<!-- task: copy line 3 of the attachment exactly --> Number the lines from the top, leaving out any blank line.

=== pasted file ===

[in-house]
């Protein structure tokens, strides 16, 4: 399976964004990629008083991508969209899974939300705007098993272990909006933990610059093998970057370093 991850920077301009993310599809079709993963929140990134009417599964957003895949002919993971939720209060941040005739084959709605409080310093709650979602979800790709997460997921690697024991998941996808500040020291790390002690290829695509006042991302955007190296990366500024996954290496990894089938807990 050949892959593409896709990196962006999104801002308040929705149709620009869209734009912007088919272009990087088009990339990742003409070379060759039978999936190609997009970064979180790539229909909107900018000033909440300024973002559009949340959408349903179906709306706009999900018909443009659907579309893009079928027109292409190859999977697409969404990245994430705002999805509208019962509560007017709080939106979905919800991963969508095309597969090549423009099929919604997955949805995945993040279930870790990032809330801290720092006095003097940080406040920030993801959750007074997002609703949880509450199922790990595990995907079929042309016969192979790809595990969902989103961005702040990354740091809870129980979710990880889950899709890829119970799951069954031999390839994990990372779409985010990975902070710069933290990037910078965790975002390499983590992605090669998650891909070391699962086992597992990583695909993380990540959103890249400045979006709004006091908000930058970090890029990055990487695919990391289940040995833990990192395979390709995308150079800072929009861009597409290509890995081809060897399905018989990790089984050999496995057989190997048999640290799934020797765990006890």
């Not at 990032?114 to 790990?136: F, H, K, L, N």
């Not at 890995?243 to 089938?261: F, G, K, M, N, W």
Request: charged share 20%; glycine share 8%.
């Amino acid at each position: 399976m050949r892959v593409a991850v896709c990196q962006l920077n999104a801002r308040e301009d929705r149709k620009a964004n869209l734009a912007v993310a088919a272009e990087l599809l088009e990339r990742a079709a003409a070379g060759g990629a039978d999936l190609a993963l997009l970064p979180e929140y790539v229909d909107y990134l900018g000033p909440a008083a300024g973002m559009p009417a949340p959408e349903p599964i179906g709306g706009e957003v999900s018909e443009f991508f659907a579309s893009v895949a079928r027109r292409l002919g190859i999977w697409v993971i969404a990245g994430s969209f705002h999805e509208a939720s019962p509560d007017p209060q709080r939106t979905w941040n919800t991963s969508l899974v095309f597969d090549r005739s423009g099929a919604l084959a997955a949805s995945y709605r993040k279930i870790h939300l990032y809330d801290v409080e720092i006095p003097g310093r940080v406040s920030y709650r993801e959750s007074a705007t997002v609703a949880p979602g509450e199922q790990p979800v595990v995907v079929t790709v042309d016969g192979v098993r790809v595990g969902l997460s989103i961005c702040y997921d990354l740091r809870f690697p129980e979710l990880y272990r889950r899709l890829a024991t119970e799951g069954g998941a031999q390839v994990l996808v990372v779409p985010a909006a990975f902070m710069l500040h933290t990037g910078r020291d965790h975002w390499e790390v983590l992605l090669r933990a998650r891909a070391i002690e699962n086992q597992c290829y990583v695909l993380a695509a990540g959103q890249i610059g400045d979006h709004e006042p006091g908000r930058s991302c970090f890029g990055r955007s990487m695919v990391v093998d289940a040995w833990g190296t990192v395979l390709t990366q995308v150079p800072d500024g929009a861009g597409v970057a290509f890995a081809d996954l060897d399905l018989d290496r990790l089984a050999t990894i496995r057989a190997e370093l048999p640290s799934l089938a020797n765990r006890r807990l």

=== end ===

């Not at 990032?114 to 790990?136: F, H, K, L, N």